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  1. #1
    Clyde that Rides Aeneas's Avatar
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    From the "Huh, Who Knew?" Department...

    Earlier this week I was having some issues with the drive train on my 2007 Aurora. The rear deraileur was shifting slowly and the chain was occasionally skating on the rear cassette. It was really frustrating.

    I turned to my Park Tools Blue Book for troubleshooting which implied that either my cassette was worn or I needed to lubricate my cables. Well, even though the cassette has some wear, it's not in need of replacement yet, so I decided to try lubricating the cable. Flipped the bike over, disengaged the cable stops and knew instantly upon trying to move the cable shield along the cable that friction was the problem. I whipped the cable down with Teflon lubricant and tried to get a couple drops into the cable shield as well. Ran the housing back and forth over the cable a couple times and reinstalled the cable into the stops. Now once again the bike shifts like a dream!

    I gotta order some new brake pads pretty soon, but other than that, what maintenance might I be overlooking?

  2. #2
    tsl
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    In my experience, the big maintenance items are

    1. tires and tubes,
    2. cables and housing,
    3. chains and cassettes,
    4. brake pads


    I keep replacements for those components on hand, and own the tools to replace them. TIP: That fourth-hand cable tool is worth every penny

    Anything with bearings--hubs, headset, bottom bracket--I take to the LBS.

    Once upon a time I considered a truing stand, but in the long run, buying better wheels is far cheaper and much more convenient.

    Everything else I can generally handle myself as things come up.

    Another tip: Sluggish shifting is almost always caused by cable or housing problems. If lubrication doesn't fix it, then it's likely a frayed cable. Something about my right 105 lever likes to fray cables. I've learned that if the rear housing isn't the culprit, that it's time to replace the cable. The times I've let it go have resulted in snapped cables, and the expense of having the LBS dig out the bits from inside the shifter.
    Last edited by tsl; 09-04-10 at 01:44 PM.
    My two favorite things in life are libraries and bicycles. They both move people forward without wasting anything.
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  3. #3
    Goathead Magnet aley's Avatar
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    tsl nailed it with the big maintenance items. I'll add, though, that it's easy to check bearings in hubs, headsets, and bottom brackets so you know when to adjust them (or take them to the LBS if you prefer).

    For hubs, if they don't feel smooth, either the preload is set too tight or they need to be cleaned and repacked. If you can get the axle to move at all relative to the hub, then they're too loose and need to have the preload set.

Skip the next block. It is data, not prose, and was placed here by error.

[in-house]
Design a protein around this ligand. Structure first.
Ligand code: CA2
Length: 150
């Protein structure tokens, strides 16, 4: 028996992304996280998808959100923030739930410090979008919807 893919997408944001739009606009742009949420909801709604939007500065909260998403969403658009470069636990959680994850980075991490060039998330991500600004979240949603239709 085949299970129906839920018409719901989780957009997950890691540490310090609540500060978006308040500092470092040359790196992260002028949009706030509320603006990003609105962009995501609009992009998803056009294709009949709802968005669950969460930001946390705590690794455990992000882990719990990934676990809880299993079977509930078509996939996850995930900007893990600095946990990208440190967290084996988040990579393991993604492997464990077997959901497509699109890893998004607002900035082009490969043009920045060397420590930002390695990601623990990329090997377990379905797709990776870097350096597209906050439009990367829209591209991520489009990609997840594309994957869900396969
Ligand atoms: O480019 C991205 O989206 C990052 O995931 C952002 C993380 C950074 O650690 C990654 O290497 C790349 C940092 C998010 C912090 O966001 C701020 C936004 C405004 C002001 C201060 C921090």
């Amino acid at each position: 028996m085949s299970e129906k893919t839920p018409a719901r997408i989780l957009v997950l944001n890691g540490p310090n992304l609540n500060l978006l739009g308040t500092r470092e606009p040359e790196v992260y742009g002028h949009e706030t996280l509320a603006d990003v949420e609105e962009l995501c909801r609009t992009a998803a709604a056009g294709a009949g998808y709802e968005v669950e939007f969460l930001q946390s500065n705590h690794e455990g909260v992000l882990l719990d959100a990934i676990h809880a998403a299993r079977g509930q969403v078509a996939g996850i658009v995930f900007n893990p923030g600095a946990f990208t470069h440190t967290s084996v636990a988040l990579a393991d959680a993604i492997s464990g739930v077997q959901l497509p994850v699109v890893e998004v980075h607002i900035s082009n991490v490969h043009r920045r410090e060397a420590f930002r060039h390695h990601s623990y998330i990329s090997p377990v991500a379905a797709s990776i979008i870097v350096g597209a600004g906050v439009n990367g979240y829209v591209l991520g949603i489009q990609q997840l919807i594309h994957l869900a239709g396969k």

For headsets, hold the front brake and rock the bike back and forth; if you feel any movement between the steerer tube and the frame, then the headset preload is too low. If the front fork doesn't turn through its steering range easily when you lift the front of the bike off the ground, then the preload is too tight. If it feels like there are specific places where it wants to stop, then your headset must be replaced.

    For bottom brackets, nearly all of them are cartridges these days, so it's simple a matter of making sure that they turn smoothly and that the threads aren't loose. Creaking or clicking during the pedal stroke is a common symptom of a loose bottom bracket (as well as a frustrating number of other things), so as long as your bottom bracket turns smoothly (take the chain off the chainrings to really tell), isn't visibly loose, and doesn't make any funny noises, you should be fine.

    One common place for friction in your shifter cables is the little plastic guide under the bottom bracket - it's typically open and builds up all kinds of crud. Fortunately it's an easy area to clean and lube if the shifting gets sluggish or the bike starts shifting by itself when you accelerate.

  4. #4
    Charlotte, NC Commuter
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    tsl is spot on. I have to replace my cables a couple of times a year due to sweat getting on them and corrosion. I could probably do some preventative maintenance but I'm not much of a wrench. The mechanics love me!

  5. #5
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    Do you guys save much money by doing your own maintenance? I'm curious in learning, but I work a very busy job, and I seem to require cable replacement so infrequently that by the time I need an actual DIY repair, it takes me at least an hour every time, not including the time to order the parts or buy them at the LBS. Curious if you thought there's any significant advantage from the DIY standpoint.
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  6. #6
    tsl
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    Quote Originally Posted by agarose2000 View Post
    Do you guys save much money by doing your own maintenance? <snip> Curious if you thought there's any significant advantage from the DIY standpoint.